The Defence Strategic Review shows that the thinking now is not just about air, land and sea forces, but also cyber and space. 

The Albanese government on Monday released a declassified version of the much-anticipated defence strategic review, authored by former defence chief Angus Houston and former defence minister Stephen Smith.

The report looks at Australia’s defence equipment and resourcing, but it also looks beyond just acquisitions.

So what’s in the report? What were some of the political drivers of the decisions taken, and what does it tell us about Australian defence strategy in the mid-2020s?

Increasing risks

The review builds on the Defence Strategic Update of 2020, which stressed the time we’d have to prepare for a potential conflict is reducing.

It highlights a shift from describing the defence of Australia in narrow, conventional military terms to a broader approach that requires a “whole-of-nation effort”.

It describes Australia’s strategic environment in the Indo-Pacific as one that

faces increasing competition that operates on multiple levels – economic, military, strategic and diplomatic – all interwoven and all framed by an intense contest of values and narratives.

A large-scale conventional and non-conventional military build-up without strategic reassurance is contributing to the most challenging circumstances in our region for decades.

It adds that “the risks of military escalation or miscalculation are rising”.

It mentions that climate change complicates our challenges further. It also notes that “economic coercion” and “other actions that fall short of kinetic conflict” are impinging upon the ability of “countries to exercise their own agency and decide their own destinies”.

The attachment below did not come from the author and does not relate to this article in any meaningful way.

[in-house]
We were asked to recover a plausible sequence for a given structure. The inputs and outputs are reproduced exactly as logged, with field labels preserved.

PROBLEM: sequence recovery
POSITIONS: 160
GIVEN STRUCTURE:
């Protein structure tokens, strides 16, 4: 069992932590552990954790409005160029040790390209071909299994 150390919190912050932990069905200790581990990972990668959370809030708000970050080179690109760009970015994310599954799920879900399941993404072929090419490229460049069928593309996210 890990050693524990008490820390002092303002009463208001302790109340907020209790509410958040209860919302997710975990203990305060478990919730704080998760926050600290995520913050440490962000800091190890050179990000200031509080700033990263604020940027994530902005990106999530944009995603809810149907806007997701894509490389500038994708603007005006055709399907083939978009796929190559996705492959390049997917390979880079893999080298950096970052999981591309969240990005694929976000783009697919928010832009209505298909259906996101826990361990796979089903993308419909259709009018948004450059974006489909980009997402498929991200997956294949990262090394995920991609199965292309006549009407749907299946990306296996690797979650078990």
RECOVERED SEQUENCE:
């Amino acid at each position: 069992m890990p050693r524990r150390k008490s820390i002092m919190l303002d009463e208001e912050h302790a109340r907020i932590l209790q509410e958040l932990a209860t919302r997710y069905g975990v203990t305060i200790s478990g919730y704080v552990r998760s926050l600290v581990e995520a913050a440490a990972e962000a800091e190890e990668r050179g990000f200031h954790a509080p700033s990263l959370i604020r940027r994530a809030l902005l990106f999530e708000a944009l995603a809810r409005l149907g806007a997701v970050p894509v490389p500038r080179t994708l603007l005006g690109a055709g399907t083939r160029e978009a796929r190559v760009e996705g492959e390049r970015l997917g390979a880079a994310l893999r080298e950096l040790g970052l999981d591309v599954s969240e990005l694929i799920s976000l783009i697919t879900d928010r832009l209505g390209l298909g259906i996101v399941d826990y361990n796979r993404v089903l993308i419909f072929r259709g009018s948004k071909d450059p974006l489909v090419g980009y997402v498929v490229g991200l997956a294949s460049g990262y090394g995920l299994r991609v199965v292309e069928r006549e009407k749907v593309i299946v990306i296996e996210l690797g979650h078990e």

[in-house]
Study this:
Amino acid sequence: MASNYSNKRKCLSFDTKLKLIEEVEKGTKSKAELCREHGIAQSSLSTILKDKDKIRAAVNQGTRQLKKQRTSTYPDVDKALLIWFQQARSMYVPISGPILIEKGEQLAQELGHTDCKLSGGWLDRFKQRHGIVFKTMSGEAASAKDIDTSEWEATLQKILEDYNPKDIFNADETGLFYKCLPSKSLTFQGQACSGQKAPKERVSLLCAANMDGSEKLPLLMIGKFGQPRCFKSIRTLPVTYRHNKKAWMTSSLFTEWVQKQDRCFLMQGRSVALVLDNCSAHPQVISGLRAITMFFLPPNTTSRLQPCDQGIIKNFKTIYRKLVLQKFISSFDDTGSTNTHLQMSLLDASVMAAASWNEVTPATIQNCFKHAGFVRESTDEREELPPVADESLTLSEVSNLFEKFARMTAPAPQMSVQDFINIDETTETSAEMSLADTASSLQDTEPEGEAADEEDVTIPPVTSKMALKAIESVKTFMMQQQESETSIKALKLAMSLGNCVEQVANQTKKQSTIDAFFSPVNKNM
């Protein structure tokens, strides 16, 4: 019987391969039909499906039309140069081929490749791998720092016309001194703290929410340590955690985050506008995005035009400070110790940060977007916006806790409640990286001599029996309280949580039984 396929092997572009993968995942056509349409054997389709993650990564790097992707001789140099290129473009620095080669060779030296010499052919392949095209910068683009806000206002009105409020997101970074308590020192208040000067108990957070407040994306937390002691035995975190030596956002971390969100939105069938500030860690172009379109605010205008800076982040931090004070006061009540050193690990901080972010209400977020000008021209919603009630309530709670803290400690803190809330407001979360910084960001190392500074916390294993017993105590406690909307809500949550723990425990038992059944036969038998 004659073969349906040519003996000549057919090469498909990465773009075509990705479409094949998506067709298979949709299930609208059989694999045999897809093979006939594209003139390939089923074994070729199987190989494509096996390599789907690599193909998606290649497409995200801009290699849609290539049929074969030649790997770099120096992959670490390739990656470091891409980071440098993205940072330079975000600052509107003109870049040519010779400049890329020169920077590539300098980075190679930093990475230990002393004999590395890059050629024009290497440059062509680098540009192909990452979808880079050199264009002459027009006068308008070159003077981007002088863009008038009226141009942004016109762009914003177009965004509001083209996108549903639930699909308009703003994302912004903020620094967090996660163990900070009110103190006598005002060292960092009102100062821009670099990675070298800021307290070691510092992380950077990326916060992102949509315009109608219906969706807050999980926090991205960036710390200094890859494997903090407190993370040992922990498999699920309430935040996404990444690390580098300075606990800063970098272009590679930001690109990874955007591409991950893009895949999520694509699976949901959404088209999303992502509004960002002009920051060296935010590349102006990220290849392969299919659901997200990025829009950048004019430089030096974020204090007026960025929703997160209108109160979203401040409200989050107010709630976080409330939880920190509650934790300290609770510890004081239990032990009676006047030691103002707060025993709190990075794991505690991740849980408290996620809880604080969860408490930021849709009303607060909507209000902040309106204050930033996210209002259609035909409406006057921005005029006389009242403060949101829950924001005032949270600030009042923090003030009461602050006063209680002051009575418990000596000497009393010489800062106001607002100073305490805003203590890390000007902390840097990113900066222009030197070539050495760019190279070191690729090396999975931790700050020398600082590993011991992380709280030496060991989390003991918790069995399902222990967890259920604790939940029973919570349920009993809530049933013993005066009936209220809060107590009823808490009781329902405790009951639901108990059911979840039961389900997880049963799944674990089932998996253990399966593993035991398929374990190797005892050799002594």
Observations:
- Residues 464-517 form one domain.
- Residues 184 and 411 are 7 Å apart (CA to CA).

In response, the paper declares “we must sharpen our focus on what our interests are, and how to uphold them”. It focuses on the need for Australia to develop long-range strike capabilities, notably with longer-range missiles (it says we’re in the “missile age”) and advanced nuclear-powered submarines.

The ADF has long focused on maintaining a “balanced force” for three concentric circles: defending the continent, regional engagement, and contributions further afield as a “good global citizen”.

But the focus in this review shifts. It emphasises what it calls a “focused force”, with five tasks:

  • defence of the nation
  • deterrence through denial (that is, deterring adversaries by reducing any possible benefits of engaging in an attack)
  • protection of economic connections
  • working with regional partners
  • and supporting the so-called rules based global order.

Four of these five tasks involve acting well beyond Australia’s shores. That’s a significant shift.

6 priorities going forward

The report lists six priorities, and 62 recommendations, for defence acquisitions.

The first priority is acquiring nuclear-powered submarines, of which Australia already has a plan following the AUKUS announcement in March. The government recognises conventional diesel-electric submarines are now vulnerable to detection, due to advances in surveillance. Nuclear-powered subs are less likely to be spotted as they don’t have to come up for a ‘snort’ to refuel.